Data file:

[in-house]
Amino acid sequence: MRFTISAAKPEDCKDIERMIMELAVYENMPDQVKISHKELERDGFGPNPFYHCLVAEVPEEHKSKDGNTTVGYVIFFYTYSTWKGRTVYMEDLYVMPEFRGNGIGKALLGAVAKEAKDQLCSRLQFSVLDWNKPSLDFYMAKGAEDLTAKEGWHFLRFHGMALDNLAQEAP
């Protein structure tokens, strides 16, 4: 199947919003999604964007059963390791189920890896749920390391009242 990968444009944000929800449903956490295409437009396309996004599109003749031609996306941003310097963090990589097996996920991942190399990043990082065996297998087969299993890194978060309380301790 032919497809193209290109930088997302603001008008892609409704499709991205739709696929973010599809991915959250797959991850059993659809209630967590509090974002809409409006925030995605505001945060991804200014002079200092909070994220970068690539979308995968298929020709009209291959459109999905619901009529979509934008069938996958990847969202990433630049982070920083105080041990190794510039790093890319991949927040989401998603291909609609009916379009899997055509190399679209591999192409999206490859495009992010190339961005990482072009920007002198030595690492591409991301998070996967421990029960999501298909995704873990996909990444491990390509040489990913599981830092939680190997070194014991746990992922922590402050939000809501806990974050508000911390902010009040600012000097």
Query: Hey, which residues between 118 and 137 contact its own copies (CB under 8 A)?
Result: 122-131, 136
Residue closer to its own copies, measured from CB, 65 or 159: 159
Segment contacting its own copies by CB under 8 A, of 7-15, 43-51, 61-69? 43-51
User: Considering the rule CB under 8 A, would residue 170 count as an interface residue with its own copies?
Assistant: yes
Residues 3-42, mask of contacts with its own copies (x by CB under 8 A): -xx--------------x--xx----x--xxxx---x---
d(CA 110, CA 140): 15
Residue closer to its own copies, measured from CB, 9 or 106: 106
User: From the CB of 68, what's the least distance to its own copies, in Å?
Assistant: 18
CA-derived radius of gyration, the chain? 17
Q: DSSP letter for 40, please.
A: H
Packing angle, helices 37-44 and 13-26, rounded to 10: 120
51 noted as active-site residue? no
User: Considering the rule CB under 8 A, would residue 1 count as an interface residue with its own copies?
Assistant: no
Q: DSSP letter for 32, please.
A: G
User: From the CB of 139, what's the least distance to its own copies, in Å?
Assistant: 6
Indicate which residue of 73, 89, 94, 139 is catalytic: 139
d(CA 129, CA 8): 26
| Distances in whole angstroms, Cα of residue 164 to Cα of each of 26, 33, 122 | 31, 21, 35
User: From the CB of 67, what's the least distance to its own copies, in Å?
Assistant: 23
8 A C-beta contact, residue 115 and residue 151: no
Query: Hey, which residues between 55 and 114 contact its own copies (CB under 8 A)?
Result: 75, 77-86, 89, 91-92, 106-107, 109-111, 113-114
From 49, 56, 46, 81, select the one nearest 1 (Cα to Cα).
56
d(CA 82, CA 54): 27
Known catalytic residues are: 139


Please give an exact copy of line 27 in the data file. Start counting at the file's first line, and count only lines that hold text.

d(CA 129, CA 8): 26